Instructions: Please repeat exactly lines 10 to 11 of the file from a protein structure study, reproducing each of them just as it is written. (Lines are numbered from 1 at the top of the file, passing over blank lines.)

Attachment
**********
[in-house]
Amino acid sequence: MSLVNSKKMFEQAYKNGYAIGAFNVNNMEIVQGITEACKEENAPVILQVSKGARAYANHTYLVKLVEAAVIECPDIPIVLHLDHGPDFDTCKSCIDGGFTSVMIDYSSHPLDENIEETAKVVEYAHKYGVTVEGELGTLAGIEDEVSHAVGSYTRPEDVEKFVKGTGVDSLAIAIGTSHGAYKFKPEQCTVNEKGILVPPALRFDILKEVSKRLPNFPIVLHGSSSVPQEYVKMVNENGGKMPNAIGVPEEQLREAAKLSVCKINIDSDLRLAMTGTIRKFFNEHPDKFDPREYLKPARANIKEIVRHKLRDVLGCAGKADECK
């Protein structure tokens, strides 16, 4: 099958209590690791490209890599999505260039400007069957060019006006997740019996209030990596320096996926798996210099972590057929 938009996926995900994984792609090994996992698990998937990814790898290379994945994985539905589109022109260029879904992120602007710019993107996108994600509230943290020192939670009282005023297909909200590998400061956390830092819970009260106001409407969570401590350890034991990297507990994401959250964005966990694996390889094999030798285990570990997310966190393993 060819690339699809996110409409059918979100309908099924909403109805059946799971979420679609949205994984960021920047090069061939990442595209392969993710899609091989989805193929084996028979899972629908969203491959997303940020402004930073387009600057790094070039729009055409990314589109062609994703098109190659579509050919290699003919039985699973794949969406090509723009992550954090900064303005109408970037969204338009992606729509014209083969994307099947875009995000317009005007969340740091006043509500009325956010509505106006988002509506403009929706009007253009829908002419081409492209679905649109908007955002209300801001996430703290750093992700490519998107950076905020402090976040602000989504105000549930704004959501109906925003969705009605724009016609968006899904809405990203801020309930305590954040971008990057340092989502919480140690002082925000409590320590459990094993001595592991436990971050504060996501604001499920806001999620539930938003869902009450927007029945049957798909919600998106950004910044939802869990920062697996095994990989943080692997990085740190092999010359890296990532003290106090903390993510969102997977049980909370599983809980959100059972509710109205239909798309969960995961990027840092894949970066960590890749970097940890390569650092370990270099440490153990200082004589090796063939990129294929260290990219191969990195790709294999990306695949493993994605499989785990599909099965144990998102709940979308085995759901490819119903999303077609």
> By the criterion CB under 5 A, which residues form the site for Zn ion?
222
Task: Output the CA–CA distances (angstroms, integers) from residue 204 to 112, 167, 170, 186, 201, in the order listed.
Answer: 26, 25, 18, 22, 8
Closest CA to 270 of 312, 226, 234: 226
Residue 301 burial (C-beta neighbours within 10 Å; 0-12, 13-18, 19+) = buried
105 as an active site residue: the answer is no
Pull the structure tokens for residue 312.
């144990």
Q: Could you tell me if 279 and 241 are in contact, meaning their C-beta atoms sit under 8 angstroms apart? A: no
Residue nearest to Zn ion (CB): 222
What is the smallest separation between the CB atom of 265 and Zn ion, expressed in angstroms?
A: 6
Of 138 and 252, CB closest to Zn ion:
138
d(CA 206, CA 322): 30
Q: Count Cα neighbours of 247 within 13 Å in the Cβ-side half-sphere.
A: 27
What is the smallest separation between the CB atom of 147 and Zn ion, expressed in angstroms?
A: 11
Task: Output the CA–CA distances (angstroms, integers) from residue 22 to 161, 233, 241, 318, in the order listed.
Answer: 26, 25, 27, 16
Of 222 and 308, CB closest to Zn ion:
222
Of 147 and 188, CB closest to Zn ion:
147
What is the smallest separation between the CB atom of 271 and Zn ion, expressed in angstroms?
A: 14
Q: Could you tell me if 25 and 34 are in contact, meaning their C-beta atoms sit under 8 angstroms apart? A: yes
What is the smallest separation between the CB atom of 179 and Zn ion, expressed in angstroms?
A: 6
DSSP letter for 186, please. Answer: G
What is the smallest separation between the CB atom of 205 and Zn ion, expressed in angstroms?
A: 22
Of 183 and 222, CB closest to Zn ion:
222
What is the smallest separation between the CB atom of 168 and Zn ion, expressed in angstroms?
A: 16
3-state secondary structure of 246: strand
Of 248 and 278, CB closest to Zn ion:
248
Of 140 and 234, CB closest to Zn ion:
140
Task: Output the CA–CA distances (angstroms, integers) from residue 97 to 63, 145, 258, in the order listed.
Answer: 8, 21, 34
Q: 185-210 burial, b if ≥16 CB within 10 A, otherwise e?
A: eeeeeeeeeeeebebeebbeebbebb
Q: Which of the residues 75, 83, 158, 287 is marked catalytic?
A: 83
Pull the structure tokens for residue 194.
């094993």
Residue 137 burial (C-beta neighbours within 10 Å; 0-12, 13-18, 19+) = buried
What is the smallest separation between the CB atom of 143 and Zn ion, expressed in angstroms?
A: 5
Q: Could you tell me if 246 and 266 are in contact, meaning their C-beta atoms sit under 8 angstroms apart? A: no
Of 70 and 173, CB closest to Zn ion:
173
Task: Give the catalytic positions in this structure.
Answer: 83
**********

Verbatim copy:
105 as an active site residue: the answer is no
Pull the structure tokens for residue 312.